The catalytic scaffold of the haloalkanoic acid dehalogenase enzyme superfamily acts as a mold for the trigonal bipyramidal transition state.Lu, Z., Dunaway-Mariano, D., Allen, K.N.
(2008) Proc.Natl.Acad.Sci.Usa 105: 5687-5692
- PubMed: 18398008
- DOI: 10.1073/pnas.0710800105
- Primary Citation of Related Structures:
- PubMed Abstract:
The evolution of new catalytic activities and specificities within an enzyme superfamily requires the exploration of sequence space for adaptation to a new substrate with retention of those elements required to stabilize key intermediates/transition ...
The evolution of new catalytic activities and specificities within an enzyme superfamily requires the exploration of sequence space for adaptation to a new substrate with retention of those elements required to stabilize key intermediates/transition states. Here, we propose that core residues in the large enzyme family, the haloalkanoic acid dehalogenase enzyme superfamily (HADSF) form a "mold" in which the trigonal bipyramidal transition states formed during phosphoryl transfer are stabilized by electrostatic forces. The vanadate complex of the hexose phosphate phosphatase BT4131 from Bacteroides thetaiotaomicron VPI-5482 (HPP) determined at 1.00 A resolution via X-ray crystallography assumes a trigonal bipyramidal coordination geometry with the nucleophilic Asp-8 and one oxygen ligand at the apical position. Remarkably, the tungstate in the complex determined to 1.03 A resolution assumes the same coordination geometry. The contribution of the general acid/base residue Asp-10 in the stabilization of the trigonal bipyramidal species via hydrogen-bond formation with the apical oxygen atom is evidenced by the 1.52 A structure of the D10A mutant bound to vanadate. This structure shows a collapse of the trigonal bipyramidal geometry with displacement of the water molecule formerly occupying the apical position. Furthermore, the 1.07 A resolution structure of the D10A mutant complexed with tungstate shows the tungstate to be in a typical "phosphate-like" tetrahedral configuration. The analysis of 12 liganded HADSF structures deposited in the protein data bank (PDB) identified stringently conserved elements that stabilize the trigonal bipyramidal transition states by engaging in favorable electrostatic interactions with the axial and equatorial atoms of the transferring phosphoryl group.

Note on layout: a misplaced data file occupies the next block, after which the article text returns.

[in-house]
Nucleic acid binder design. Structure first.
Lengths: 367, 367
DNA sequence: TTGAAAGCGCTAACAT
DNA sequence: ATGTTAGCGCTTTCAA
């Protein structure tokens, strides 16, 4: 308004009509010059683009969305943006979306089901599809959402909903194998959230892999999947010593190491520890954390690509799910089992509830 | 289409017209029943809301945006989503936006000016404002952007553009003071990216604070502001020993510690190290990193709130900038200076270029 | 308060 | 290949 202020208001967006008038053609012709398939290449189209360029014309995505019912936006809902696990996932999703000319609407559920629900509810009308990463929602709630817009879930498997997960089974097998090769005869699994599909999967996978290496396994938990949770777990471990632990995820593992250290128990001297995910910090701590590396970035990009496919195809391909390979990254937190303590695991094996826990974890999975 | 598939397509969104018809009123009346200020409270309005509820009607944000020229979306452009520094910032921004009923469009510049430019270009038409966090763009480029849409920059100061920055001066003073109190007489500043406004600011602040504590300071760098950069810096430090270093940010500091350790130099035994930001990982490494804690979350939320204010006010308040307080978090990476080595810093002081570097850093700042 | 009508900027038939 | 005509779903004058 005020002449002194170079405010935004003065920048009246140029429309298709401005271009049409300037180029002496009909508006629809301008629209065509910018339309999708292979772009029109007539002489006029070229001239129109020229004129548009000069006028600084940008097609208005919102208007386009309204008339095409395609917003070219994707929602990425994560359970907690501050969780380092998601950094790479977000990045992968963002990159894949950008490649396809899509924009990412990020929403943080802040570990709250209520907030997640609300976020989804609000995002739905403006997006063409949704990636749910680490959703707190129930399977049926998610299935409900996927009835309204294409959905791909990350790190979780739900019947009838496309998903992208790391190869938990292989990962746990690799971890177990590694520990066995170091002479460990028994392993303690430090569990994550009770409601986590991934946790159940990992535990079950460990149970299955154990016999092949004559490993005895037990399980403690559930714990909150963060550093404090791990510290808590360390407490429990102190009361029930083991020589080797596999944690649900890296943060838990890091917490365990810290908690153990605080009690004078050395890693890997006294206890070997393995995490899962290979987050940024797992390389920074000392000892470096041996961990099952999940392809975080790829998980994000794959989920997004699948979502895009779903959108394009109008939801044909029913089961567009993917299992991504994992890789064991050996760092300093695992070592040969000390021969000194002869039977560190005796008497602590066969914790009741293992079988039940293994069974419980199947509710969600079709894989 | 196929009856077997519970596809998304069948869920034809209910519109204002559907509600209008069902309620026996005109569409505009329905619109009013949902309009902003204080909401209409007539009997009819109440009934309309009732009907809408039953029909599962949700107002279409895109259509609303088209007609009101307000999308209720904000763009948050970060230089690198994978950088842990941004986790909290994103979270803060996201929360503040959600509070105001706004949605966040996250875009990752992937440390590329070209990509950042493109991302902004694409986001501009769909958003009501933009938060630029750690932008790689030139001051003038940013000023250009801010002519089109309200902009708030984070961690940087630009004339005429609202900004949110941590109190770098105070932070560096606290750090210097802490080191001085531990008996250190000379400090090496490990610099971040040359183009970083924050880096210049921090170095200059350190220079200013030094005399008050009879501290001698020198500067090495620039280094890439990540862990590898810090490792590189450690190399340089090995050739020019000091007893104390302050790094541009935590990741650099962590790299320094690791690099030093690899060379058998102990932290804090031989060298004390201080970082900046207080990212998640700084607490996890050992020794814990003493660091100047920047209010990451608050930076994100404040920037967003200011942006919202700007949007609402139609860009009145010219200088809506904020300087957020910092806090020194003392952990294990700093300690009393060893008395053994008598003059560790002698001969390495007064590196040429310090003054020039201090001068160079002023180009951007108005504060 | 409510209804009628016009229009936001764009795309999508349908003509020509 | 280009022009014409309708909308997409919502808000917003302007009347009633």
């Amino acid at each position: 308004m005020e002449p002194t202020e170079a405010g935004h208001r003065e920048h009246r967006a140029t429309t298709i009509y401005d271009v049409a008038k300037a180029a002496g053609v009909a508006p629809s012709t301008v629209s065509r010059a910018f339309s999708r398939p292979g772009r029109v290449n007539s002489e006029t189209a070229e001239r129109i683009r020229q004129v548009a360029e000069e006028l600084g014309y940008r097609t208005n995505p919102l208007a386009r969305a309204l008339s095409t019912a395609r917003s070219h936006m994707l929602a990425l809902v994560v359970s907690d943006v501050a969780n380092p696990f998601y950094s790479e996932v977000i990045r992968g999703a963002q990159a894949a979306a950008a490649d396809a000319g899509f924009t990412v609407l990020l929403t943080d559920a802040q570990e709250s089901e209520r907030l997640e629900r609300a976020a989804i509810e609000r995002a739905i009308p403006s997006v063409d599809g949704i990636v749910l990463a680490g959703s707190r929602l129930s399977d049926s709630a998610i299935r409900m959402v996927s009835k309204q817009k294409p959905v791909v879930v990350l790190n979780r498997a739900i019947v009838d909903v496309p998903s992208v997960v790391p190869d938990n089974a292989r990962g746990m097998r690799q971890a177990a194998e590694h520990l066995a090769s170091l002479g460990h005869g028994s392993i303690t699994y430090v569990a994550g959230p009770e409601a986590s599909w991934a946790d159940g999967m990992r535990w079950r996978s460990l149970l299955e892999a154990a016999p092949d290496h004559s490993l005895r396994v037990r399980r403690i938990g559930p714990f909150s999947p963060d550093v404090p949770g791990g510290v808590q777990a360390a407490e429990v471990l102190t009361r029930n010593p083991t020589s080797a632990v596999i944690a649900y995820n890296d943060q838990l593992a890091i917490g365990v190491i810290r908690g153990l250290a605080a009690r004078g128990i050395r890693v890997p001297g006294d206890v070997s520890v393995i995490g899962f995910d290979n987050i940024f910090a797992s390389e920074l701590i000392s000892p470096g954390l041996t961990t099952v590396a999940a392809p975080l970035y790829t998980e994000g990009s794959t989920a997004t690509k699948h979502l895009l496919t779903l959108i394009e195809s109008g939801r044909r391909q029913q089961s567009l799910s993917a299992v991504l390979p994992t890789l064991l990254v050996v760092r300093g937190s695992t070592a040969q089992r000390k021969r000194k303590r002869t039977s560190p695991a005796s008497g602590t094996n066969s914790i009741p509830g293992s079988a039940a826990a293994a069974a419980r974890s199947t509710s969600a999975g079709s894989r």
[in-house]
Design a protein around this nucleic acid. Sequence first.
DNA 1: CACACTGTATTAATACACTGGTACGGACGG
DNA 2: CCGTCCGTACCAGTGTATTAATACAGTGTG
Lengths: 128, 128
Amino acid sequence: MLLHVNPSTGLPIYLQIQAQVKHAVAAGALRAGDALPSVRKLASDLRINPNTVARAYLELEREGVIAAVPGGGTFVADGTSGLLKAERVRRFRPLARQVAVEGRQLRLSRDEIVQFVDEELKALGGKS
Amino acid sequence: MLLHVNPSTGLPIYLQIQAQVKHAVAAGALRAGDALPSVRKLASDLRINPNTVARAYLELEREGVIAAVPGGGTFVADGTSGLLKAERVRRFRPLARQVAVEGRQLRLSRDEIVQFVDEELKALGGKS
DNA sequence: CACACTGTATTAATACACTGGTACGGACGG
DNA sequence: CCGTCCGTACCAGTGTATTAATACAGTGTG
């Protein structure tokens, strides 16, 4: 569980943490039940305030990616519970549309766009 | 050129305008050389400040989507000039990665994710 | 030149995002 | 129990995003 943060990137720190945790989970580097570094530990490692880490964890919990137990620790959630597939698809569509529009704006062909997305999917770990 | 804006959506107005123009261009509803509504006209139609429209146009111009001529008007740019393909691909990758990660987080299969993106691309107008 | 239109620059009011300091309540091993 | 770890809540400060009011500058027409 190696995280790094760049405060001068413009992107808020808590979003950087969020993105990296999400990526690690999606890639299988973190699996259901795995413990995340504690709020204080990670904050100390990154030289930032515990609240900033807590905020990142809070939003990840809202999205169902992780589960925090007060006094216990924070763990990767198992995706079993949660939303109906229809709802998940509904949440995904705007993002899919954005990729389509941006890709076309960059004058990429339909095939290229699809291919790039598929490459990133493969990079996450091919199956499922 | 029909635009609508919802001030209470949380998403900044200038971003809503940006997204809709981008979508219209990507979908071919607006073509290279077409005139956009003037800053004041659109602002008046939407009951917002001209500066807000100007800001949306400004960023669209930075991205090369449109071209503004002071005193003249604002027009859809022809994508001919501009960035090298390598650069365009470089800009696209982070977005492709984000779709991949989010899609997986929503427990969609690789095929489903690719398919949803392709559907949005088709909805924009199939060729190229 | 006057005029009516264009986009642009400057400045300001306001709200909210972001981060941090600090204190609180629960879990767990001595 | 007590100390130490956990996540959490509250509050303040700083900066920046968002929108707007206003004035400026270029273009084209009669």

Department of Physiology and Biophysics, Boston University School of Medicine, Boston, MA 02118-2394, USA.